Parenting Toward Humility

Having children has been one of the greatest blessings of my life. Seeing my baby daughter raise her little head in the morning to greet me with a positively radiant smile as I walk in her room gives me a simple but deep joy. Having my two-and-a-half year old son ask, “Daddy hold you,”—getting the pronouns mixed up—or hearing him sing “Twinkle, Twinkle Little Star” fills me with the same. Children are certainly a continual source of wonder and delight.

Of course, they are also an enormous responsibility, a fact that I was reminded of while reading C. J. Mahaney’s short book Humility. I finished the book some time ago, but the content of its final chapter, the portion of the book that deals most directly with parenting, continues to come to my mind. Though I’d certainly recommend you read the book yourself, I thought I’d summarize a handful of Mahaney’s important points:

1. Parenting is about preparation.

The book’s foundational point is that humility is absolutely essential to our embracing and living consistently with the gospel and God’s purpose for our lives. In that respect, it’s our greatest friend and the mark of biblically defined greatness. Therefore we need to be asking ourselves what we’re doing to cultivate a proper humility in our children. In Mahaney’s words:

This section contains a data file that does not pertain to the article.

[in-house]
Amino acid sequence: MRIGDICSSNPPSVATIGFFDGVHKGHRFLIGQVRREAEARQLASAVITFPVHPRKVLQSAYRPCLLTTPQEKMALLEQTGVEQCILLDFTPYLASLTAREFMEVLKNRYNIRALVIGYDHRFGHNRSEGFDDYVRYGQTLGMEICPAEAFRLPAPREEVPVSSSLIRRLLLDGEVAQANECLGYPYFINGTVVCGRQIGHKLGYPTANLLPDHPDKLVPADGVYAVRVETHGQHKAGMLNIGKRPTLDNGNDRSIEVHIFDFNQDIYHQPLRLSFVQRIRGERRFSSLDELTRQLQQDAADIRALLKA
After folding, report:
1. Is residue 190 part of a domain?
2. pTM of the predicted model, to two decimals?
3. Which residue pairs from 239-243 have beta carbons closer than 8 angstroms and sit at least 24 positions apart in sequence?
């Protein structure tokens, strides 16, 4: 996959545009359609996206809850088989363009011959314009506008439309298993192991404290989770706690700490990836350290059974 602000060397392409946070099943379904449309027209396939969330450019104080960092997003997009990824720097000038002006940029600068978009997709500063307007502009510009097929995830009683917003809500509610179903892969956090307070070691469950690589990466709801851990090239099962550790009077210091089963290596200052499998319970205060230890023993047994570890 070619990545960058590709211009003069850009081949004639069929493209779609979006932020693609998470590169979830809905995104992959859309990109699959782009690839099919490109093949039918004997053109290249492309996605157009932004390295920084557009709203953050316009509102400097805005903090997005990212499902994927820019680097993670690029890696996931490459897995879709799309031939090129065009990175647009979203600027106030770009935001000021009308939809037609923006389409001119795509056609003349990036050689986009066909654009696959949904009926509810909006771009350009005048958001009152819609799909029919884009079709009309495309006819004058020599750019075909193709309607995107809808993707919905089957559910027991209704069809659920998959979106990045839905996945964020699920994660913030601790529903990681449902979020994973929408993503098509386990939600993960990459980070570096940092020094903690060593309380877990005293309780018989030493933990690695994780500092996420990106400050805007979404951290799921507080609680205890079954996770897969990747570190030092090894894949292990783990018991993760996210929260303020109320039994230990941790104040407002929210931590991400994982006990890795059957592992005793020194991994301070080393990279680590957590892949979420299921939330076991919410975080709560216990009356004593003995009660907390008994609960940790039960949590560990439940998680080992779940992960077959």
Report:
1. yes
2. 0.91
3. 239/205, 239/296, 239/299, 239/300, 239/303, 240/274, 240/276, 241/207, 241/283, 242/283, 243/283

“As I understand it, parenting is about preparation. Preparation for our children’s future and for the fast-approaching final day of judgment. If you are a father or mother, let me ask you: How’s the preparation going. What is your plan for preparing your child? What are the content and goals of your preparation? What kind of legacy will you be leaving for your son or daughter? …If humility is to endure in our families and churches, it must be cultivated by parents and pastors and passed on to our families and churches” (156).

2. Examine your ambitions for your children.

“Are any of your ambitions for your child more important to you that their cultivation of humility and servanthood—the basis for true greatness as biblically defined? Are any of these ambitions more important to your that their learning to serve others for the glory of God? In other words, are you more interested in temporal recognition for your child than your in his eternal reward?” (158).

3. Model true greatness.

“Modeling precedes teaching. We cannot teach or train our children if we don’t provide a pattern or model to follow. …Effective teaching, in fact, involves explaining to our children what they’re already observing in our lives by example.” (158-59).

To be sure, this won’t be done perfectly, as Mahaney himself asserts. But it should be something that we consistently seek to demonstrate in our own lives. And certainly, that will mean regularly seeking the grace of God for just such a purpose.

4. Celebrate godly character.

Offering what strikes me as an extremely wise practical recommendation, Maheny writes:

“If you’re a parent, don’t celebrate anything more than you celebrate godly character in your children. I commend and encourage my son for academic achievement or an athletic award, but we break out into real celebration around my house only when there’s a demonstration of humility, servanthood, or godly character” (160).

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